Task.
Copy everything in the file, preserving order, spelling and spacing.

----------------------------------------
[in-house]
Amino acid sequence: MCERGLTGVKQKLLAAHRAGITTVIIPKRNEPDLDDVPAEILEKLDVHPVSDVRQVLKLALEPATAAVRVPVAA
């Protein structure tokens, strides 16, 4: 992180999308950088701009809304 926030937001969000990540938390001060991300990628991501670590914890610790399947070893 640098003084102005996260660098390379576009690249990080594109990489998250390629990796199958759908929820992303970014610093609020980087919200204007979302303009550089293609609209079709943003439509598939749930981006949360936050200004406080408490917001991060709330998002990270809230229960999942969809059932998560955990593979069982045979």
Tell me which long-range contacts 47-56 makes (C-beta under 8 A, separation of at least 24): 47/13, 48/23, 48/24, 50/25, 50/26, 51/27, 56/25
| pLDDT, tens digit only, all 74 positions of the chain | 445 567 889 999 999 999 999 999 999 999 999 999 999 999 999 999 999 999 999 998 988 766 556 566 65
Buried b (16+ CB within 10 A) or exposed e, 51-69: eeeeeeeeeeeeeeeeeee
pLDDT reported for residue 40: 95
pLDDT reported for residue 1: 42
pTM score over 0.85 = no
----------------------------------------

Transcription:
[in-house]
Amino acid sequence: MCERGLTGVKQKLLAAHRAGITTVIIPKRNEPDLDDVPAEILEKLDVHPVSDVRQVLKLALEPATAAVRVPVAA
């Protein structure tokens, strides 16, 4: 992180999308950088701009809304 926030937001969000990540938390001060991300990628991501670590914890610790399947070893 640098003084102005996260660098390379576009690249990080594109990489998250390629990796199958759908929820992303970014610093609020980087919200204007979302303009550089293609609209079709943003439509598939749930981006949360936050200004406080408490917001991060709330998002990270809230229960999942969809059932998560955990593979069982045979």
Tell me which long-range contacts 47-56 makes (C-beta under 8 A, separation of at least 24): 47/13, 48/23, 48/24, 50/25, 50/26, 51/27, 56/25
| pLDDT, tens digit only, all 74 positions of the chain | 445 567 889 999 999 999 999 999 999 999 999 999 999 999 999 999 999 999 999 998 988 766 556 566 65
Buried b (16+ CB within 10 A) or exposed e, 51-69: eeeeeeeeeeeeeeeeeee
pLDDT reported for residue 40: 95
pLDDT reported for residue 1: 42
pTM score over 0.85 = no